Along with today's confession, Floyd Landis accused several other prominent riders, including Lance Armstrong, of doping. And Armstrong's defenders immediately jumped in with their usual refrain; reminding us that Lance has never tested positive. Unfortunately, in a world where doping and masking techniques are a step ahead of detection methods, the lack of a positive does not make for a negative.
As Exhibit A of that statement, I present Marion Jones. In the photo at the left, Ms. Jones - who never once failed a drug test, and who has now admitted to using performance enhancing drugs - is shown in the 100-meter dash, winning by the largest margin in the Olympics in decades. Two of the women way back in her rear view mirror - Ekaterina Thanou and Merlene Ottey - are known drug cheats. At the time, I pointed out that it seemed rather implausible for dirty, world class athletes to be dominated by a clean one. Still, with quotes like I AM AGAINST PERFORMANCE-ENHANCING DRUGS. I HAVE NEVER TAKEN THEM AND I NEVER WILL TAKE THEM [caps from her autobiography], perhaps you believed her despite the pile of circumstantial evidence including her performances and the fact that she was surrounded by known cheaters. But now it's obvious that she was a liar, and that negative tests mean nothing.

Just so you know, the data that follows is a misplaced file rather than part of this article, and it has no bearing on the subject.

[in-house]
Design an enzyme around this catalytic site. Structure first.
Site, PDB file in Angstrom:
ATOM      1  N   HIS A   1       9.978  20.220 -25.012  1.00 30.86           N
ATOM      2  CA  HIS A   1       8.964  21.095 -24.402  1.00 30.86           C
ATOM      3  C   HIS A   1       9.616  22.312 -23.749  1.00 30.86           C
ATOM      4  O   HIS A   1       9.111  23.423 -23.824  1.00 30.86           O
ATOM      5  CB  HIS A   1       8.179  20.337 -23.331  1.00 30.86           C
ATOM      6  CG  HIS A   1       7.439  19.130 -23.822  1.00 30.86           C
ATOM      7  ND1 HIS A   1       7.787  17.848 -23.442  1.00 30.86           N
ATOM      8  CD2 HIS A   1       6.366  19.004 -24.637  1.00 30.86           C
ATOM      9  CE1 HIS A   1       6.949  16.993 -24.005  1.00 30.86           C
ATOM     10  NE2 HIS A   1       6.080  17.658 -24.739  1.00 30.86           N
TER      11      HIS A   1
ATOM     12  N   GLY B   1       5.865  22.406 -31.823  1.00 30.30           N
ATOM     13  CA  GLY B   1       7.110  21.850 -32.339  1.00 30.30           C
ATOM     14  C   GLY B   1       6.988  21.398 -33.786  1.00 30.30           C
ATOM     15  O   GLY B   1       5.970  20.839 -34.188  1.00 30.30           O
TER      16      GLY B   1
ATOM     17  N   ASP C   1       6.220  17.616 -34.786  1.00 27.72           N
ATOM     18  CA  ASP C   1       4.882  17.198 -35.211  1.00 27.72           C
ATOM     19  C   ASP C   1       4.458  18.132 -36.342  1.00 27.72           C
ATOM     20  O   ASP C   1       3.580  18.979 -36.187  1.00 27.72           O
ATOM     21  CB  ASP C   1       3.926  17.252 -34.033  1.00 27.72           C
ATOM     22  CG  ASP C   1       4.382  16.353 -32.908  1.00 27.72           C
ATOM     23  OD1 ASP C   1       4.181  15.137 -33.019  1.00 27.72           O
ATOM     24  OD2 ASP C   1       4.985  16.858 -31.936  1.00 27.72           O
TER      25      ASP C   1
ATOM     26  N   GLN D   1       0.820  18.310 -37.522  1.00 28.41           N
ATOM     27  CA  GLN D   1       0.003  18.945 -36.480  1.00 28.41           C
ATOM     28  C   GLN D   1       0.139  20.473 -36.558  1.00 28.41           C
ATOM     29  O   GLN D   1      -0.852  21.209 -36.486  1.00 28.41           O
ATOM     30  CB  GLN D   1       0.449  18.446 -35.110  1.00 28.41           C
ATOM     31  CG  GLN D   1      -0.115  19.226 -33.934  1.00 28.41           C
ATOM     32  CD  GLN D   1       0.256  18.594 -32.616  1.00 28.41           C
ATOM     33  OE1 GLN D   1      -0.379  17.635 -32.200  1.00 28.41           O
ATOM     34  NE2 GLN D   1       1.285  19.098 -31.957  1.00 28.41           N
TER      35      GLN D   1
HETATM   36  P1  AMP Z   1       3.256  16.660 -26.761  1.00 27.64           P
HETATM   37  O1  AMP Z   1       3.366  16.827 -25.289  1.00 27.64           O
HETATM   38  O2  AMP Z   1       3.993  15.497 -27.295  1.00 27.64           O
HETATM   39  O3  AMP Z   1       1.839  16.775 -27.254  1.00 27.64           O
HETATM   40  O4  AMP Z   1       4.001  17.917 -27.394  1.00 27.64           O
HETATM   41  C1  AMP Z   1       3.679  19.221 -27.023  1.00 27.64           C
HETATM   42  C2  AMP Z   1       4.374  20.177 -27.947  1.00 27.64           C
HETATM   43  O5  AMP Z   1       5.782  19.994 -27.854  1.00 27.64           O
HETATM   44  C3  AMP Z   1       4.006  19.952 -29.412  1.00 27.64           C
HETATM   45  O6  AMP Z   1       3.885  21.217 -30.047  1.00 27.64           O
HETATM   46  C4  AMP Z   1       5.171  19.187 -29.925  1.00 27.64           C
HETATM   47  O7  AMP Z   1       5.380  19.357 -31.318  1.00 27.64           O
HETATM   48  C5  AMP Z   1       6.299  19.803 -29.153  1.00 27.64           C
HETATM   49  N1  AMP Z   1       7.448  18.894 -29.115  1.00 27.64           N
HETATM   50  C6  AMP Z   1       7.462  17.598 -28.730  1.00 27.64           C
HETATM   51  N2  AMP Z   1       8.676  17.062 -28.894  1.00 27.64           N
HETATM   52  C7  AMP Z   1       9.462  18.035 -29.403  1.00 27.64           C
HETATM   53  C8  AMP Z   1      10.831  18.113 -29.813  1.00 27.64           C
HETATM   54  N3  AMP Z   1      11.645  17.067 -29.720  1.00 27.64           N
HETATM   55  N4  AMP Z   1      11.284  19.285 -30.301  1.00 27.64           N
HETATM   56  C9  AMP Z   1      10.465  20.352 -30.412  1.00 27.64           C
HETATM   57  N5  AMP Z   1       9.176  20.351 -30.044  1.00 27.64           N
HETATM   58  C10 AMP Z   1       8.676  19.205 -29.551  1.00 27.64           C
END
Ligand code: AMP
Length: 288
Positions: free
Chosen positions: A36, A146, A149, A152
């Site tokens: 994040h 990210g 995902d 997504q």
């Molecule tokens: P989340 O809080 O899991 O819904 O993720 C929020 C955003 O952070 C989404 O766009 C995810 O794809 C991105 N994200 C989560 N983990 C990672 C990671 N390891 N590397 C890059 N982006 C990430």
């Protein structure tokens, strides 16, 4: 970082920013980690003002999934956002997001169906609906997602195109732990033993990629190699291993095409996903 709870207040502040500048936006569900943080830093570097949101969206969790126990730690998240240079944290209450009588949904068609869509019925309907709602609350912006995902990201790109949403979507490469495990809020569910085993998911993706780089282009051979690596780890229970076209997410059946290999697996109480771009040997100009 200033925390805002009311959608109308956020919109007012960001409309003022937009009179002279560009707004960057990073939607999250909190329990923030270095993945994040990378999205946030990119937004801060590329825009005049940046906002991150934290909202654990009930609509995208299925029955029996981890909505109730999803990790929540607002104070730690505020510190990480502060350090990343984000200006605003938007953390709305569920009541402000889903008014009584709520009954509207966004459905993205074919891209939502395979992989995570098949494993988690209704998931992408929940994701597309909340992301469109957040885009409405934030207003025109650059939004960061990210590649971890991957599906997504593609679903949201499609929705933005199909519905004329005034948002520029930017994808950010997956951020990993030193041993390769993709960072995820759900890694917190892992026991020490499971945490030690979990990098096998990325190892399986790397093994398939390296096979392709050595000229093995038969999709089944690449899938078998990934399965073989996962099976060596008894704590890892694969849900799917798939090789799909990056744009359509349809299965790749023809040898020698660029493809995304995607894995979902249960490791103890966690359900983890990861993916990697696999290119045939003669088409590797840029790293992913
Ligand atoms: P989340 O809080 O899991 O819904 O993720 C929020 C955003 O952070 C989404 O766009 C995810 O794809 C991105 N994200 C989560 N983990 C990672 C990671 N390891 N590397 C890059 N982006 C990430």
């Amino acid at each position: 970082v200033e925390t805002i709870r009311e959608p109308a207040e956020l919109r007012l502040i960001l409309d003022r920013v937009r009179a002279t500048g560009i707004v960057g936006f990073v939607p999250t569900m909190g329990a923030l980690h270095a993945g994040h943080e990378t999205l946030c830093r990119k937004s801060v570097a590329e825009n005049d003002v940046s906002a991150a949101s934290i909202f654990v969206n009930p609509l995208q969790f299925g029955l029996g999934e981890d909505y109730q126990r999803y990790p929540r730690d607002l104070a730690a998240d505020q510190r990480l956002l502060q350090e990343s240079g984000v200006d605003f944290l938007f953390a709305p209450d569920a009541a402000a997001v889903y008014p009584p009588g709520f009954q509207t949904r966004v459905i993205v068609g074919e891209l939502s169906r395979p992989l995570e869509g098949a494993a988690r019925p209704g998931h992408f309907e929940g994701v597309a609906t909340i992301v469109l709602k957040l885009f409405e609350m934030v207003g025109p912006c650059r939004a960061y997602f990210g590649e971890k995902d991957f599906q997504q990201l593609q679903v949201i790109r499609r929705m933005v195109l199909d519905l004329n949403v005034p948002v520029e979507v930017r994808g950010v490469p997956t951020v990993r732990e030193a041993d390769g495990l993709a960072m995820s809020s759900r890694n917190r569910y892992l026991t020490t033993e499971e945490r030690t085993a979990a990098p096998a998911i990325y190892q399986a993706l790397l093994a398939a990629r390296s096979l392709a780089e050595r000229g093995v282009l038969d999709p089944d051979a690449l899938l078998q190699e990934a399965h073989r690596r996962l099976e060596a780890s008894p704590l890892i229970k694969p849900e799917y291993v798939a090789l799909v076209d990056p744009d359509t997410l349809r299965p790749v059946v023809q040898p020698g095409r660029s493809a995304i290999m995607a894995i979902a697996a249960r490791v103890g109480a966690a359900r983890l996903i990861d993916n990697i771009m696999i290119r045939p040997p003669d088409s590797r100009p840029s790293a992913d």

Personally, I never believed Landis. And my disdain for him grew when he whined about getting busted, and suckered cyclists all over into donating to his legal fund. None of that means that he's lying now. People want to believe that Lance is clean. I want to believe that Lance is clean. Because he is American, he is a cancer survivor, he has done tremendous charitable work, and because we want to think that the sport still has some clean riders. In my heart of hearts, I hope so. Maybe Lance, Levi Leipheimer, George Hincapie and the others mentioned by Landis are clean. But simply calling Landis a rat (as so many already have) is obfuscating the real problem, and pointing to a multitude of negative tests is meaningless.